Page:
Lookout Post Ireland

Lookout Post Project

To maintain its neutrality, the Republic of Ireland positioned eighty-three observation posts along its coast in World War II. With the exception of a few buildings that already existed, the Irish Defence Forces built small, identical shelters specifically designed for this purpose. The posts are referred to as LOP (short for Lookout Post), and each was identified by a serial number from one to eighty-three. Today, fifty-three of the shelters built between 1939 and 1941 still exist. They were selected as projection objects for this light art project due to their uniform and austere architecture. In conjunction with this project, the sites of all eighty-three LOPs were recorded geographically and documented.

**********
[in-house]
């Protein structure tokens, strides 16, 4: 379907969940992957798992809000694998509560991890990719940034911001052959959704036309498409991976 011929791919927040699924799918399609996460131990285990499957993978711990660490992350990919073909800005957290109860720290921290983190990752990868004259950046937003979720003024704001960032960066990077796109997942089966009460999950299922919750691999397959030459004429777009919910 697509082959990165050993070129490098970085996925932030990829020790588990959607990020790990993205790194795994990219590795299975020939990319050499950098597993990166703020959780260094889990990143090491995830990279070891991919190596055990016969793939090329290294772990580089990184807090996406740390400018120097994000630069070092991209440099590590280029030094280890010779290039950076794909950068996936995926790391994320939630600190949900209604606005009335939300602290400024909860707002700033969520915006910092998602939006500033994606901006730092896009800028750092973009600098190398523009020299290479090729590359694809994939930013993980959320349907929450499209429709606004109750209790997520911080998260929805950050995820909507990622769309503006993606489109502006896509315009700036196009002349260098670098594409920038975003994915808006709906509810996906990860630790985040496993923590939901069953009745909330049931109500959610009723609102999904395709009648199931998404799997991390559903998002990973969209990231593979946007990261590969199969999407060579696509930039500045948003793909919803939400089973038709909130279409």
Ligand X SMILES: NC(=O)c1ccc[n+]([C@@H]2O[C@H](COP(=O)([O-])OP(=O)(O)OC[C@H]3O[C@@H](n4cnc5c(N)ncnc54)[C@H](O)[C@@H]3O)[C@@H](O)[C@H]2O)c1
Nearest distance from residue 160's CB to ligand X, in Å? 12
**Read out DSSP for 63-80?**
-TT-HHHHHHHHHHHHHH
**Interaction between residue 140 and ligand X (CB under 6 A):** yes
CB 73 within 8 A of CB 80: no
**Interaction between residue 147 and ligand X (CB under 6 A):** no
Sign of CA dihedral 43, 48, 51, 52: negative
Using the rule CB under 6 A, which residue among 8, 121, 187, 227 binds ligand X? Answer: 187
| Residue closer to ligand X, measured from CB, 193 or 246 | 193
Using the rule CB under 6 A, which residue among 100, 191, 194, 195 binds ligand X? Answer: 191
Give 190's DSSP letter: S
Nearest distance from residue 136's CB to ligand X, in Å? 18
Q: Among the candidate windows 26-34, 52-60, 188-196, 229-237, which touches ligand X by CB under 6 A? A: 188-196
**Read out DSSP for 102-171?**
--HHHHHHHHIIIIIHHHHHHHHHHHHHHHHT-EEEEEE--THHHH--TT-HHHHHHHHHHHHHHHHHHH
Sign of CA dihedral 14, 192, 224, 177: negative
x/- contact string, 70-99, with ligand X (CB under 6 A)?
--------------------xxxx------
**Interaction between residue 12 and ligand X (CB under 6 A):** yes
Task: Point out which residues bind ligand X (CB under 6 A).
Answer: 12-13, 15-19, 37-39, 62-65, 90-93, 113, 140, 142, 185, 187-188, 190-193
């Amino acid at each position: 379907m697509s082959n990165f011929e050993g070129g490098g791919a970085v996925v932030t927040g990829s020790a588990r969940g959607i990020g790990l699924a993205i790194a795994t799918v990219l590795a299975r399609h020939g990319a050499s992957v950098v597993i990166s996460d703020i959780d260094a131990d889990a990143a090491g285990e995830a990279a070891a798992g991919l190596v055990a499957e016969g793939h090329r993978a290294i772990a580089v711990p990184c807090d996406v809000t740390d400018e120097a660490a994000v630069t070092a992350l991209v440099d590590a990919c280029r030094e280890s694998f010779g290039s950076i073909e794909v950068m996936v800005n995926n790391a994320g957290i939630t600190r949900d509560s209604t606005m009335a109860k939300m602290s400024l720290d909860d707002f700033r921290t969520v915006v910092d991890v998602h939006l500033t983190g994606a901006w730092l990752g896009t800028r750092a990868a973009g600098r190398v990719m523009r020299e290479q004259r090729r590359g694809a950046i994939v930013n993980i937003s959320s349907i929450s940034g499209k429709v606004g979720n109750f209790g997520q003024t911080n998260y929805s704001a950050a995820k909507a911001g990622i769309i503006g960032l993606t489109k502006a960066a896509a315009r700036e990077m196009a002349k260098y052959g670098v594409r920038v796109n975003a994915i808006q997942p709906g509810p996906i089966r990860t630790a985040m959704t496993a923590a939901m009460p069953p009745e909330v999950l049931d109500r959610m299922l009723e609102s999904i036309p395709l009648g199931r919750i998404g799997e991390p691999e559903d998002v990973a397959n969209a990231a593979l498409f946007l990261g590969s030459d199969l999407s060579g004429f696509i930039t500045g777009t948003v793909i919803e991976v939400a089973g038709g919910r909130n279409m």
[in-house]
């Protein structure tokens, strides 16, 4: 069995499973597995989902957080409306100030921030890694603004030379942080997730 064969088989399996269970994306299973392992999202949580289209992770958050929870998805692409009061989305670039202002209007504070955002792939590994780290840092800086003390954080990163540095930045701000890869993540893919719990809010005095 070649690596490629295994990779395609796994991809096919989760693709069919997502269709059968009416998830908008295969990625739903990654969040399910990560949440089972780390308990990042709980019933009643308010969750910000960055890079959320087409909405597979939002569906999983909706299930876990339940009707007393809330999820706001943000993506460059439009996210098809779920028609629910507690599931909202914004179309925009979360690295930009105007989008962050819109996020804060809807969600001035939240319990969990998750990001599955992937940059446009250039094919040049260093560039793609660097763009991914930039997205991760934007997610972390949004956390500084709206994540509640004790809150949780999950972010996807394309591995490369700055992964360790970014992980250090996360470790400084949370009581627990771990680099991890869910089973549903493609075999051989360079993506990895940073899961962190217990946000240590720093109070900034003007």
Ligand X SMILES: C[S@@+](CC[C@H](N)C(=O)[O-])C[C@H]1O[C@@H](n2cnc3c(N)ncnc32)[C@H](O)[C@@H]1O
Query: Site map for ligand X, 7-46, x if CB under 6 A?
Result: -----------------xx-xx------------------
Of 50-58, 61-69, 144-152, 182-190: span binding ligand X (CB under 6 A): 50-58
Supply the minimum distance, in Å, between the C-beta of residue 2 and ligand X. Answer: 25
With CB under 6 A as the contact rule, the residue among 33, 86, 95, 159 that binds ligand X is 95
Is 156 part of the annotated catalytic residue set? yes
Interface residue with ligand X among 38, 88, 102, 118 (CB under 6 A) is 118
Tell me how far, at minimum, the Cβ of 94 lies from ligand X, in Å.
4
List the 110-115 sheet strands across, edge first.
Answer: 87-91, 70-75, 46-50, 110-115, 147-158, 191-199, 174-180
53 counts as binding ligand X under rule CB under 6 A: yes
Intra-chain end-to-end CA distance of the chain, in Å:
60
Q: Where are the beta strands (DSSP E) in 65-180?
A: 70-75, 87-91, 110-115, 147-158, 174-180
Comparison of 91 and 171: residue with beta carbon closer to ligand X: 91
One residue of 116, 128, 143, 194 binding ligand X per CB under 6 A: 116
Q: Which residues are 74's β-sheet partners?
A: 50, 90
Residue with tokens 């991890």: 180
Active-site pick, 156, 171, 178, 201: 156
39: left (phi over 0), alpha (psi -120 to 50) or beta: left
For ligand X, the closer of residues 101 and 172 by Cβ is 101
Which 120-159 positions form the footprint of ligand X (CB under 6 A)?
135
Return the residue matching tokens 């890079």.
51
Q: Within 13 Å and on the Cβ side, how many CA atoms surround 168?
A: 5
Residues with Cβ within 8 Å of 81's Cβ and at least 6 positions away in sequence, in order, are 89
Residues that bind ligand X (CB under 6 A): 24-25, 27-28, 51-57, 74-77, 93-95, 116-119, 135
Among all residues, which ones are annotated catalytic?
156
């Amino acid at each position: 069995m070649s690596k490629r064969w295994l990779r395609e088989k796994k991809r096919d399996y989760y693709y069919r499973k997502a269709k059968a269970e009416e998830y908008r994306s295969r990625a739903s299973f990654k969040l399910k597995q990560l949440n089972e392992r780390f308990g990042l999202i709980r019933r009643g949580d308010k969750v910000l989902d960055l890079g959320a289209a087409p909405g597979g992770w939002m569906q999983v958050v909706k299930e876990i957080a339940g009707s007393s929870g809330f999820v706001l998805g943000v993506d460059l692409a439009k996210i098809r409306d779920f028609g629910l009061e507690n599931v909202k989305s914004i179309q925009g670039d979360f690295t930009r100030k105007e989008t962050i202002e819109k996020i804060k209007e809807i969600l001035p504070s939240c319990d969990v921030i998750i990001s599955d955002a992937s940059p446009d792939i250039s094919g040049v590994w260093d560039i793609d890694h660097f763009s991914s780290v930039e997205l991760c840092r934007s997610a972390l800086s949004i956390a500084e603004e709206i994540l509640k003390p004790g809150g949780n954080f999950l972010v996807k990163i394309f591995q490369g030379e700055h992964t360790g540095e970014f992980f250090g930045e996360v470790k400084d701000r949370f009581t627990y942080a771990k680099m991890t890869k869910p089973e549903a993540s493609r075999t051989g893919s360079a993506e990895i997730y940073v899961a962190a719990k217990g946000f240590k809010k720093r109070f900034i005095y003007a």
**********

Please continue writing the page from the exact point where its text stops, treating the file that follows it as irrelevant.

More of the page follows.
The results of the project were published on the website



The photographic documentation was deliberately set at dusk in order to create a balance between the perception of the projection and the surroundings. Depending on the direction of the sky, there was always a new ambient light at dusk which influenced the outcome of the documentation.
Only a few minutes at dusk allowed for an optimal interplay of ambient light and projection in order to achieve the desired photographic result. 
In most cases, the landscape background was decisive in determining the axis of projection on the building. 

Work Images

Equipped with a video projector and portable power generator, 53 of the still existing lokkoutposts were visited in the summer of 2010 and 2011. Some of the buildings are located far away from roads and footpaths to which the equipment was carried. To protect themselves from the weather and wind, a tent was sometimes erected. Materials from the surrounding area were also used to protect against the sometimes very strong wind. The projection subjects were adapted to the building directly from the moment dusk began to fall. The following pictures give an impression of the installations and the work on site. 




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